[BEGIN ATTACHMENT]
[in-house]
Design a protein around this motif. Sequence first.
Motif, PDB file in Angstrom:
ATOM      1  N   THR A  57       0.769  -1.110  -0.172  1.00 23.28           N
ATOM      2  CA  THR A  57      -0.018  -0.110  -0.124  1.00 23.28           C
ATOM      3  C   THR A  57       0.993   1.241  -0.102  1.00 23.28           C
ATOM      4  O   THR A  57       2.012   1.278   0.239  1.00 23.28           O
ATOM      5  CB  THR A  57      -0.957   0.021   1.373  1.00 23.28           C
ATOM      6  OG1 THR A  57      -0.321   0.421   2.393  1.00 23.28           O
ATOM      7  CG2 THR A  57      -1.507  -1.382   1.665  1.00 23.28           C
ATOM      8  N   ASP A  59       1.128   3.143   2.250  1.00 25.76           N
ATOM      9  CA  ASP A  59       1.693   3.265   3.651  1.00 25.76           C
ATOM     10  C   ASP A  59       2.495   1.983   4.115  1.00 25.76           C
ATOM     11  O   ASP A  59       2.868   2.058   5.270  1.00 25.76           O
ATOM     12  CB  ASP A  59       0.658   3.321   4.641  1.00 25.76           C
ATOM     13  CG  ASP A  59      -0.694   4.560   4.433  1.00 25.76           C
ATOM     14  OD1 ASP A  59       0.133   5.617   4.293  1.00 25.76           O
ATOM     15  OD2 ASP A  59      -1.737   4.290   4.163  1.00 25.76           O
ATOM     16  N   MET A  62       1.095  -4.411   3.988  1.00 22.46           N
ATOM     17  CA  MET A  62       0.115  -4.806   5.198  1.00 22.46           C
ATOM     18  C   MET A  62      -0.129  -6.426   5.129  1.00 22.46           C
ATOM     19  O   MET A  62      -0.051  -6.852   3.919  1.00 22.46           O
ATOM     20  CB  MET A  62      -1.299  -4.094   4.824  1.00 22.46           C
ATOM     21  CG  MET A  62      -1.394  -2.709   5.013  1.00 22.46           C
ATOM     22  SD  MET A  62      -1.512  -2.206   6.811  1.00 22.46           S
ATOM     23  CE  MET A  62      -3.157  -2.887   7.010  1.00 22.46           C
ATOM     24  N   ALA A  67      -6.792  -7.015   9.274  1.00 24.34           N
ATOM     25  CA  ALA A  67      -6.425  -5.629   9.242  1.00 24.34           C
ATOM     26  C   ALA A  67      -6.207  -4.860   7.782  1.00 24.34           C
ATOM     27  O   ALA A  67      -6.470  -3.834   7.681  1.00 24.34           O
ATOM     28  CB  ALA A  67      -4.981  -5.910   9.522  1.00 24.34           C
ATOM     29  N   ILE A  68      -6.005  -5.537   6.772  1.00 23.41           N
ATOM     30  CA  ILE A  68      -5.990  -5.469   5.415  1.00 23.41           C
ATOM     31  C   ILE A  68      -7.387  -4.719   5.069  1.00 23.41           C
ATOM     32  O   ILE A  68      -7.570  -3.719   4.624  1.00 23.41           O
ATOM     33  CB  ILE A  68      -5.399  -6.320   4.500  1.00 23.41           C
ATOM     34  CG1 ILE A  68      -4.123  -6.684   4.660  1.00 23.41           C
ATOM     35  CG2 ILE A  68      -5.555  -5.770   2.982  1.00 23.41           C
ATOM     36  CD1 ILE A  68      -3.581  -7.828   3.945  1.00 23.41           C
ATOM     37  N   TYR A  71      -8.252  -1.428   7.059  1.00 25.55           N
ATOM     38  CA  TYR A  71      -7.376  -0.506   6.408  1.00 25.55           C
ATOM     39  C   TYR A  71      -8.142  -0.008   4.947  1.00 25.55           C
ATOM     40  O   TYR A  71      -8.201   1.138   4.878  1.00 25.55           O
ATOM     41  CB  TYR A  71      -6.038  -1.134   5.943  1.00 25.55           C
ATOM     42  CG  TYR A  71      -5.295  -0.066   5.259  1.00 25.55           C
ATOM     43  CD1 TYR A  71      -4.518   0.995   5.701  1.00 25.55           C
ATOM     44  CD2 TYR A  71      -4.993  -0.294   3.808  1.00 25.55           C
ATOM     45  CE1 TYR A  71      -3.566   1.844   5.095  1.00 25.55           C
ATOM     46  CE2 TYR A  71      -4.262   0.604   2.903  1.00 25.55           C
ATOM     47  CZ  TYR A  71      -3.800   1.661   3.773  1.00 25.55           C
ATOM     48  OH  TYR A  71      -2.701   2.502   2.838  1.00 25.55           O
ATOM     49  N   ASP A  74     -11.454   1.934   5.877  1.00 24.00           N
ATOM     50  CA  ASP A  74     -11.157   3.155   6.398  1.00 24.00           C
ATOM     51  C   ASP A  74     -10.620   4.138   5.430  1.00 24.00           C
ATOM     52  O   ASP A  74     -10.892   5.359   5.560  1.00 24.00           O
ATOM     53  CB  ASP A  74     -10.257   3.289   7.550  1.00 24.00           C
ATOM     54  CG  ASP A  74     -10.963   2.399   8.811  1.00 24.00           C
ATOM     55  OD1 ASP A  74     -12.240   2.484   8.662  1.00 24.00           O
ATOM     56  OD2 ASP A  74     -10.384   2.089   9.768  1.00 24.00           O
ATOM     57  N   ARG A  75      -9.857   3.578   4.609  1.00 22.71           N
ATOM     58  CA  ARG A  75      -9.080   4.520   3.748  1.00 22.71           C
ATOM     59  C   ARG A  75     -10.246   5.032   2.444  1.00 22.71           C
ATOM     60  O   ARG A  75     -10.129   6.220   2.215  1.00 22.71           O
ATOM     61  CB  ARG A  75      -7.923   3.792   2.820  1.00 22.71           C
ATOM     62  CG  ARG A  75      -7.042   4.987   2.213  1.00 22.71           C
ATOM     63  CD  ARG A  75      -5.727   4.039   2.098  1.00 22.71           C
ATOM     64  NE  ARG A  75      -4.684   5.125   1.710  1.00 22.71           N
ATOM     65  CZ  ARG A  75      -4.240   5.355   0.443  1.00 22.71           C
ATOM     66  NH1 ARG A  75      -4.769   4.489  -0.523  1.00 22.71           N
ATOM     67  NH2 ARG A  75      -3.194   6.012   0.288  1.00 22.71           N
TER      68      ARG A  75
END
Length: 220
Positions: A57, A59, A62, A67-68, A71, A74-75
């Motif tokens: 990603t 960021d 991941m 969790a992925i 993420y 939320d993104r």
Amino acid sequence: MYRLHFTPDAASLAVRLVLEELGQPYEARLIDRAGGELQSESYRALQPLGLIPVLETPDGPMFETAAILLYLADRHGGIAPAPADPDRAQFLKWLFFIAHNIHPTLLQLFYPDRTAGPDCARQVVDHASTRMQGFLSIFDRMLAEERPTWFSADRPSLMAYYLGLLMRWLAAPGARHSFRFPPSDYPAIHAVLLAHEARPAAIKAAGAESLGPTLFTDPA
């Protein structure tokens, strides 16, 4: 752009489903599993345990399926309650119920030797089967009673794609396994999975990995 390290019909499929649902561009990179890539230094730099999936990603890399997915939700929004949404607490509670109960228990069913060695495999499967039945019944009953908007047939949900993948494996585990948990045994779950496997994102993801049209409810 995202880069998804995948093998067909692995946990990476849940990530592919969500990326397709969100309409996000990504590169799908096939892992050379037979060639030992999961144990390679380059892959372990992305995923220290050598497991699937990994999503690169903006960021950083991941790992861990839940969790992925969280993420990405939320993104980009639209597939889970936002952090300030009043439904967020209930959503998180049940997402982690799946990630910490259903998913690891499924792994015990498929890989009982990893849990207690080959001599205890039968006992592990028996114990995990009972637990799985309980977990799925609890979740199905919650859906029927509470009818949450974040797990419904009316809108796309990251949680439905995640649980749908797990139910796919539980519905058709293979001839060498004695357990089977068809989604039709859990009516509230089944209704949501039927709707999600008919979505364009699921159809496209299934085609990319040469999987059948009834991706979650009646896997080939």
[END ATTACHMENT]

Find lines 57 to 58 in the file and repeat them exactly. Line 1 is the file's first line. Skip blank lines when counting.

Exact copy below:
ATOM     54  CG  ASP A  74     -10.963   2.399   8.811  1.00 24.00           C
ATOM     55  OD1 ASP A  74     -12.240   2.484   8.662  1.00 24.00           O